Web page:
If the emergence of Nvidia in datacenter compute shows anything, it is the value of controlling the software stack as you come to dominate the compute – and the revenue and profits – in the hardware stack.
When it comes to AI, the combination of open source frameworks from the wider AI community, which Nvidia contributes to, and closed source libraries and tools that make up the Nvidia GPU Compute software stack that is underpinned by the CUDA environment, gives Nvidia the kind of control over a complete software/hardware stack that we have not seen in the datacenter since the RISC/Unix server days of the dot-com boom and earlier with proprietary systems from IBM, DEC, and HP, as well as IBM mainframes since the dawn of the data processing age.
There are some differences this time around, and they are significant. The operating system is consequential, of course, but with all AI workloads being deployed on Linux, it really doesn’t matter which one you pick. Linux is about as interchangeable as DRAM memory modules in the server and it really comes down to preferences and a few technical differentiations. And to a certain extent, the X86 server that houses the Nvidia GPUs is fairly interchangeable, too. But fi you want to make GPU compute fluid and easy, then you have to realize that not every can – or wants to – buy an Nvidia DGX-A100 or DGX-2 system. Hyperscalers and cloud builders have their own ODM suppliers, enterprises have their own OEM suppliers, and they want to be able to run the Nvidia AI stack on platforms from their suppliers rather than having to add a new vendor into the mix.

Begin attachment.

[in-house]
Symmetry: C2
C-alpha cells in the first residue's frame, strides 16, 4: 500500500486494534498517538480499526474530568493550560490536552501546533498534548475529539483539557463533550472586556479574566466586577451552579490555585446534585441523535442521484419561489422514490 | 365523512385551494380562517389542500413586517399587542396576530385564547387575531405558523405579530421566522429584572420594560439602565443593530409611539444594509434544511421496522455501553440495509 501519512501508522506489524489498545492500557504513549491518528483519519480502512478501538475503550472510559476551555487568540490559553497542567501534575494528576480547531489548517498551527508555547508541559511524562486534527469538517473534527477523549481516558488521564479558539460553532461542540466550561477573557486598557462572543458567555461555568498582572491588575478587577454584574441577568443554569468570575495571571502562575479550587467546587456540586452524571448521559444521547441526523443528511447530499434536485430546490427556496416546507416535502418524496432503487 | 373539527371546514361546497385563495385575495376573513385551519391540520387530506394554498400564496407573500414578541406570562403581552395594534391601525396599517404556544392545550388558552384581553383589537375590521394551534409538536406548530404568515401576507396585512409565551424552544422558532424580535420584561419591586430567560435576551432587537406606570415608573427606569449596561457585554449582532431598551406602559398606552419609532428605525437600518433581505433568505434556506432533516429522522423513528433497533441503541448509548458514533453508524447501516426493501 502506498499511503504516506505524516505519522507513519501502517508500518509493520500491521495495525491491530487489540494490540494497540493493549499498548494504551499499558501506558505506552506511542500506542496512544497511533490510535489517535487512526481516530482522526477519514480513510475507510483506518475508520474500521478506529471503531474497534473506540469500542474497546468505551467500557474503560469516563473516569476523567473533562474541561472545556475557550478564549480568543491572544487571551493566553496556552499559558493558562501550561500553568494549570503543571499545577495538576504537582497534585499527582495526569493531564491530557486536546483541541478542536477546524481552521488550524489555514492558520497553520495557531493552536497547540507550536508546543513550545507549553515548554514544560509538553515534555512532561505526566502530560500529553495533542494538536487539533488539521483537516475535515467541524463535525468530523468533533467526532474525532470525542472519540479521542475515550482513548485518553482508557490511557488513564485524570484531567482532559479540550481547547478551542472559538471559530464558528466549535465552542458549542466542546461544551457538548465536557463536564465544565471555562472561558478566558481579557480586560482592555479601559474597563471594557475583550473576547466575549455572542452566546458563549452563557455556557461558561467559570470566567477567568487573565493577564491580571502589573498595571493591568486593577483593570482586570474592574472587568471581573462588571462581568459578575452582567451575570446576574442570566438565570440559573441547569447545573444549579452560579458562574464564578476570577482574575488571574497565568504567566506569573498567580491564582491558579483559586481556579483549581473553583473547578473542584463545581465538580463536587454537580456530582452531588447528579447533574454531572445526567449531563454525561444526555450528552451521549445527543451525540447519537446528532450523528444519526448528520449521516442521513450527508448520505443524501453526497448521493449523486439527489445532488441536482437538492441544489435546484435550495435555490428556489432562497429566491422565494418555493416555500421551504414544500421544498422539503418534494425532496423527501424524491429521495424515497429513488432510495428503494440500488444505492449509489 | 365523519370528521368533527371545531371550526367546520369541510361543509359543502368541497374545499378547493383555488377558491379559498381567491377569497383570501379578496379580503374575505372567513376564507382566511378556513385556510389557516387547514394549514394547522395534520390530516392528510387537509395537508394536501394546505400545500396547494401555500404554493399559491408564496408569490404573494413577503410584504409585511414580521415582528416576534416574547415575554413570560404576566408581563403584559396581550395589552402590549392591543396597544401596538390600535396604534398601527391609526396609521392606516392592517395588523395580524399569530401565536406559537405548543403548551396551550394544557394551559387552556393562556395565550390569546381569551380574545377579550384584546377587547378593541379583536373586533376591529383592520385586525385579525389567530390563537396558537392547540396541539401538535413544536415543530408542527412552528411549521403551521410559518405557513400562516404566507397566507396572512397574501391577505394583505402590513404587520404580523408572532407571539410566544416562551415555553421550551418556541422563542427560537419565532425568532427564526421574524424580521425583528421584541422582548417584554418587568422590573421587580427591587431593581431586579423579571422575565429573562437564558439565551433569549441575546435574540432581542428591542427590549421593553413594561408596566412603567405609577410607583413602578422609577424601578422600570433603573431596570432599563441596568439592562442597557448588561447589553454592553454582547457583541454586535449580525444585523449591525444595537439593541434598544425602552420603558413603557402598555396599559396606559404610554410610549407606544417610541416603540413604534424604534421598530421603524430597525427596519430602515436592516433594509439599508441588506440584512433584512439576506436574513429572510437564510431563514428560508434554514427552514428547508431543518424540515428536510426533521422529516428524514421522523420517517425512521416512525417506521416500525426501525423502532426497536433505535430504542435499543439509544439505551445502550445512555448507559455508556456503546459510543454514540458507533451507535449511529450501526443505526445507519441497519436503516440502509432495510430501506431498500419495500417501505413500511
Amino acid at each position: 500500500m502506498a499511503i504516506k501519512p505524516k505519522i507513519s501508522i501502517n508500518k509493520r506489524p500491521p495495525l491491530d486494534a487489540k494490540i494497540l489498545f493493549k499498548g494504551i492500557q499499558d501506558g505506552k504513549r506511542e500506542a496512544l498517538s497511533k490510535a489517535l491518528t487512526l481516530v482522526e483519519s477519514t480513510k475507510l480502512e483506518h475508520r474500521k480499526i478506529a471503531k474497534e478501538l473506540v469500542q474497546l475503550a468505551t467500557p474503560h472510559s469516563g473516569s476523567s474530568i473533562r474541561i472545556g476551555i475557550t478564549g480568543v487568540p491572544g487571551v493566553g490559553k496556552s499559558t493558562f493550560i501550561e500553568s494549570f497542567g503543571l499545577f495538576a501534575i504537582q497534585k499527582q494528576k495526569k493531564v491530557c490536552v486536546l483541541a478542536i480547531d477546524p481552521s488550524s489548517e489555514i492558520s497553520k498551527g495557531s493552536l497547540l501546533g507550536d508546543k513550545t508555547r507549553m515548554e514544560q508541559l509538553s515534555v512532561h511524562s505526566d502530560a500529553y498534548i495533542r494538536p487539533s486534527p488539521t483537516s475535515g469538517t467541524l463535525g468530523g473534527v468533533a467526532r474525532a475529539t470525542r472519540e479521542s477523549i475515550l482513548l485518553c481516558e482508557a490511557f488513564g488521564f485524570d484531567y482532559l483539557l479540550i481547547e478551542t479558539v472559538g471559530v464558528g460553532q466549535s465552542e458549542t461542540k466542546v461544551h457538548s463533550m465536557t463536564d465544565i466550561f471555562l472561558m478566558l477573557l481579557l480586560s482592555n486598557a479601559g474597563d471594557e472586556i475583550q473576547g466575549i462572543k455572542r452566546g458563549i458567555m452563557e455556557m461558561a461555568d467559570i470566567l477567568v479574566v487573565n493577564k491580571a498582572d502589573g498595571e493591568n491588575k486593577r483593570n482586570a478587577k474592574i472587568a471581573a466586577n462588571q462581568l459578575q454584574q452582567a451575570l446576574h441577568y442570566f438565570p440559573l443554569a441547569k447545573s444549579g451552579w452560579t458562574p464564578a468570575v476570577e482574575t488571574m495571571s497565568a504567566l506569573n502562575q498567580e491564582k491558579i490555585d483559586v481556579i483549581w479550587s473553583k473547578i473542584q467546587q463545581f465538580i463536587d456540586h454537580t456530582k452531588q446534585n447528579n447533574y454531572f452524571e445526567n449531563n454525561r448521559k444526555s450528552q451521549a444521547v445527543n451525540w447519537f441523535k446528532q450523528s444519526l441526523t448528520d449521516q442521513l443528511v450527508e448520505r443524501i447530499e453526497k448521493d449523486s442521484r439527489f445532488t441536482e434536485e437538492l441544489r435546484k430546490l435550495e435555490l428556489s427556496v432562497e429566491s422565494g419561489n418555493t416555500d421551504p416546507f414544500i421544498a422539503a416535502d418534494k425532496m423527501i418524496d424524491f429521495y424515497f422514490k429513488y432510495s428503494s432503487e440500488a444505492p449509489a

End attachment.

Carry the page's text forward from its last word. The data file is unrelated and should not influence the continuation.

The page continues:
That, in a nutshell, is why the company is rolling out its Nvidia Certified Systems program. There is more to it, of course, with Nvidia now being a DGX server and HGX component supplier in its own right, including the NVSwitch GPU interconnect, as well as a supplier of Mellanox switching, network interface cards, and BlueField DPUs. A lot of the componentry in GPU accelerated systems, in fact, is going to come from Nvidia, but there are variations on themes as well as differentiations that give the ODMs and OEMs their own foot in the datacenter door. And someone has to make sure that all of this hardware in its many combinations will just run that NGC stack and get people running AI codes (and traditional HPC codes, too, which are also in the NGC stack) as quickly and as smoothly as possible.
The NGC stack is pretty widely used at this point, and Adel El-Hallak, director of product management for NGC at Nvidia, says that in the past year over 250,000 distinct users did over 1 million downloads of NGC from the Nvidia cloud and public cloud catalogs that distribute it. NCG is a kind of containerized substrate for AI and HPC workloads that is uniform across on premises and public cloud infrastructure. But up until now, it was not clear who was going to do the certification on various on premises gear. As of today, we know the answer: Nvidia is committing engineering resources and so are ODMs and OEMs working with them to ensure this is done, and once this is done, something very important can happen. Nvidia can offer technical support services for the NGC stack that have hardware issues contained at the ODMs and OEMs.